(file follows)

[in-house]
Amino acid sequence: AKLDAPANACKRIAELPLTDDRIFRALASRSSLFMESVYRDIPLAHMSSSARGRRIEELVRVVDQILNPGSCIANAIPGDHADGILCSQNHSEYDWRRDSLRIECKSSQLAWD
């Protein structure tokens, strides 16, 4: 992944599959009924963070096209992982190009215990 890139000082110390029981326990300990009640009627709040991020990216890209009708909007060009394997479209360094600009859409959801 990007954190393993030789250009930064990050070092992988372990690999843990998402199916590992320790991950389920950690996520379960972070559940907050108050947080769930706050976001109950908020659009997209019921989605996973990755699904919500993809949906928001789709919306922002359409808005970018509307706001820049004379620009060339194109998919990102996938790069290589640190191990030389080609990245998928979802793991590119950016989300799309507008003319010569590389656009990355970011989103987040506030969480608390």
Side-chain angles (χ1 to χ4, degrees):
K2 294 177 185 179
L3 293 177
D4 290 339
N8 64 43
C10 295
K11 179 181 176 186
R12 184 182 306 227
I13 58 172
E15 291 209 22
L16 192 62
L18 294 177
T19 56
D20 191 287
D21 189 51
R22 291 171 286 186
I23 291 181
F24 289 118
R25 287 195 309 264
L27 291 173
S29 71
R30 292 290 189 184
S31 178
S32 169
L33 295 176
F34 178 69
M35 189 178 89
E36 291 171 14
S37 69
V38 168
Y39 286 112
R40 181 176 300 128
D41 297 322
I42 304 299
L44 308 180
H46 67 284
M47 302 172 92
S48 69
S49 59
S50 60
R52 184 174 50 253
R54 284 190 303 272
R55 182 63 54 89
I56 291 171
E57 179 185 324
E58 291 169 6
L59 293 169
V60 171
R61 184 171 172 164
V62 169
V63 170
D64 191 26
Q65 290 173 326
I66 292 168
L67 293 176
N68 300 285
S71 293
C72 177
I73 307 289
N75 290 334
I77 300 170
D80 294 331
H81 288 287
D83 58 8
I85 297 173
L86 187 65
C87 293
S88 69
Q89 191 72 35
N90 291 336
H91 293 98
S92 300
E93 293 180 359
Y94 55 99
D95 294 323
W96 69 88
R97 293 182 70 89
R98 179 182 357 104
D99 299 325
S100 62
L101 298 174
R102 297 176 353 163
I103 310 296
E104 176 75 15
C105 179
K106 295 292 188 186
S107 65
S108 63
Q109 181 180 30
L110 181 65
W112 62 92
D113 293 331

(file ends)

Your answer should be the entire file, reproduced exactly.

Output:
[in-house]
Amino acid sequence: AKLDAPANACKRIAELPLTDDRIFRALASRSSLFMESVYRDIPLAHMSSSARGRRIEELVRVVDQILNPGSCIANAIPGDHADGILCSQNHSEYDWRRDSLRIECKSSQLAWD
């Protein structure tokens, strides 16, 4: 992944599959009924963070096209992982190009215990 890139000082110390029981326990300990009640009627709040991020990216890209009708909007060009394997479209360094600009859409959801 990007954190393993030789250009930064990050070092992988372990690999843990998402199916590992320790991950389920950690996520379960972070559940907050108050947080769930706050976001109950908020659009997209019921989605996973990755699904919500993809949906928001789709919306922002359409808005970018509307706001820049004379620009060339194109998919990102996938790069290589640190191990030389080609990245998928979802793991590119950016989300799309507008003319010569590389656009990355970011989103987040506030969480608390």
Side-chain angles (χ1 to χ4, degrees):
K2 294 177 185 179
L3 293 177
D4 290 339
N8 64 43
C10 295
K11 179 181 176 186
R12 184 182 306 227
I13 58 172
E15 291 209 22
L16 192 62
L18 294 177
T19 56
D20 191 287
D21 189 51
R22 291 171 286 186
I23 291 181
F24 289 118
R25 287 195 309 264
L27 291 173
S29 71
R30 292 290 189 184
S31 178
S32 169
L33 295 176
F34 178 69
M35 189 178 89
E36 291 171 14
S37 69
V38 168
Y39 286 112
R40 181 176 300 128
D41 297 322
I42 304 299
L44 308 180
H46 67 284
M47 302 172 92
S48 69
S49 59
S50 60
R52 184 174 50 253
R54 284 190 303 272
R55 182 63 54 89
I56 291 171
E57 179 185 324
E58 291 169 6
L59 293 169
V60 171
R61 184 171 172 164
V62 169
V63 170
D64 191 26
Q65 290 173 326
I66 292 168
L67 293 176
N68 300 285
S71 293
C72 177
I73 307 289
N75 290 334
I77 300 170
D80 294 331
H81 288 287
D83 58 8
I85 297 173
L86 187 65
C87 293
S88 69
Q89 191 72 35
N90 291 336
H91 293 98
S92 300
E93 293 180 359
Y94 55 99
D95 294 323
W96 69 88
R97 293 182 70 89
R98 179 182 357 104
D99 299 325
S100 62
L101 298 174
R102 297 176 353 163
I103 310 296
E104 176 75 15
C105 179
K106 295 292 188 186
S107 65
S108 63
Q109 181 180 30
L110 181 65
W112 62 92
D113 293 331